Para-transit service is provided for disabled passengers and requires an ADA boarding pass, which is available at the PTS office at no charge.  All Topper Transit buses are wheelchair lift equipped.

Here’s a few common bus routes that students use:

White Line (South Campus Park and Ride Route)

Route map

Full Route Schedule 

NEXTbus Stop Codes

Days of Service:  Monday - Friday during Spring & Fall semesters.  Summer Service:  Monday - Friday 7:15 AM - 4:30 PM

Hours of Service:  7:10 AM - 6:00 PM

Service Frequency:  6 minute frequency 7:10 AM - 3:00 PM.  
                                 12 minute frequency 3:00 PM - 6:00 PM

Please refer to NEXTbus for exact times.

Service Area:  Travels between main and south campus.  It covers the central part of main campus, traveling up Normal Street and down College Heights Blvd.

Points of Interest: Campbell Lane Lot; Parking & Transportation Services (PTS); South Campus; Campus Evolution Villages; Creason Lot; Jones-Jaggers; Gary Ransdell Hall; MMTH; Helm Library; Grise Hall; EST; COHH; Cherry Hall; The Valley; DSU; Parking Structure 1; Parking Structure 2; and Keen Hall.

Red Line (North Campus Circulator Route)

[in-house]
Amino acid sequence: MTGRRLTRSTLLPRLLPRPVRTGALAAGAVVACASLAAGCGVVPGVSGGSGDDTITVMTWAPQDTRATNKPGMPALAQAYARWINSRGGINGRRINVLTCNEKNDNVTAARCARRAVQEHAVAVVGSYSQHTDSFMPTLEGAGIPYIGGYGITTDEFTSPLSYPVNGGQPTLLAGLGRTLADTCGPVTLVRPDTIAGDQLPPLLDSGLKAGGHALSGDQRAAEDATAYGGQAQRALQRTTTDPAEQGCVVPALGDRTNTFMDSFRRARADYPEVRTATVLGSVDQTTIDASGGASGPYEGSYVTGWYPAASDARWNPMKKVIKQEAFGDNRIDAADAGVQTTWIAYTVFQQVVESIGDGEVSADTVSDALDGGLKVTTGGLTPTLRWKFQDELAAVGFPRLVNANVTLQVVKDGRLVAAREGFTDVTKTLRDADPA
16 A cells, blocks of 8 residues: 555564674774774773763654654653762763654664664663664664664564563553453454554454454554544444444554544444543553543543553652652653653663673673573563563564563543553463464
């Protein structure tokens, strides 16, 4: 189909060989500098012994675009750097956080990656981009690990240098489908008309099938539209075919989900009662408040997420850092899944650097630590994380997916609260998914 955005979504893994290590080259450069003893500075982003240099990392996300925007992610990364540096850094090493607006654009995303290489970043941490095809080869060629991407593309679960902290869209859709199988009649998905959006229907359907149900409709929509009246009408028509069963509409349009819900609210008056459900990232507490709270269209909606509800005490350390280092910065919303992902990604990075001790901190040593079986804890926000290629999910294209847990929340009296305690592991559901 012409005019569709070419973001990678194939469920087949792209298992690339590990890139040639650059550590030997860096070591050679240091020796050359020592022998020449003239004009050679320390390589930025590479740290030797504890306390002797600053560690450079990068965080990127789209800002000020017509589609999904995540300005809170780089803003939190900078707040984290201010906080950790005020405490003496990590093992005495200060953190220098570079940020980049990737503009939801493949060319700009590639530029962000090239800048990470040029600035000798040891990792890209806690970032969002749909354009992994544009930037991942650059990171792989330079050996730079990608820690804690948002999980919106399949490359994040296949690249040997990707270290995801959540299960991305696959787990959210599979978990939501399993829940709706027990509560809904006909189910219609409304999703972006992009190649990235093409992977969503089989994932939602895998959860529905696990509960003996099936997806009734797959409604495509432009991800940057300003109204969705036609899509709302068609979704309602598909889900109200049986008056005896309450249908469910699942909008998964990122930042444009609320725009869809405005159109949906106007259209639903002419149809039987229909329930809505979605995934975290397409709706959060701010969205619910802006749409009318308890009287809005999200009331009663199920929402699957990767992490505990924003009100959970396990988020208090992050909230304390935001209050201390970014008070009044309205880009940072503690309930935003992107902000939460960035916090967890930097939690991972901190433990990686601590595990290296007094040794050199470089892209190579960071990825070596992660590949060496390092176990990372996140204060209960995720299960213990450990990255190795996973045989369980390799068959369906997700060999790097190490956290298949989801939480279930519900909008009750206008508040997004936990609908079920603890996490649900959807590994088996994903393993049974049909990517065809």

Route map

Full Route Schedule

NEXTbus Stop Codes

Days of Service:  Monday - Friday during Spring and Fall semesters.
                             No service during Intersession Service & Holidays.

Hours of Service:  7:25 AM - 6:00 PM

Service Frequency:  10 minute frequency 7:25 AM - 3:00 PM.
                                  15 minute frequency 3:00 PM - 6:00 PM.

Service Area:  Provides service to the main academic corridor on Normal and State Streets.  It covers the northern edge of campus toward downtown. 

Points of Interest:  Alumni Square Garage; The Columns; 11th Avenue; COHH; EST; Helm Library; Grise Hall; MMTH; Gary Ransdell Hall; PFT; University Blvd Lot; Jones Jaggers; and Creason Lot.

Evening Service Fixed Routes

Green Line

Route map

Full Route Schedule

NEXTbus Stop Codes

Days of Service:  Monday - Saturday during Spring and Fall   
Reduced Service during Intersession Service and Holidays.

Hours of Service:  6:00 PM - 10:00 PM Weekdays.  
                             4:00 PM - 8:00 PM Saturdays

Service Frequency:  20 minute frequency Weekdays.  
                                 60 minute frequency Saturdays.

Service Area:  The Green Line provides shuttle service from the main campus to south campus and then shopping destinations along Campbell Lane.

Points of Interest:  Campbell Lane Lot; South Campus; Campus Evolution Villages; Creason Lot; Gary Ransdell Hall; MMTH; Helm Library; Grise Hall; EST; COHH; 11th Avenue; The Columns; Alumni Square Garage; The Valley; DSU; Keen Hall; Big Lots; Kroger; Barnes & Noble; Walmart; Target; and Greenwood Mall.

Purple Line

Route Map

Full Route Schedule

NEXTbus Stop Codes

Days of Service:  Thursday, Friday, and Saturday nights during Fall and Spring Semesters.
No Service during Intersession Service and Holidays.

Hours of Service:  10:00 PM - 2:00 AM

Service Frequency:  20 minute frequency.

Service Area:  The Purple Line provides late evening shuttle service from the main campus to downtown along Chestnut and College Street and to off campus housing on Creason Drive and Campbell Lane.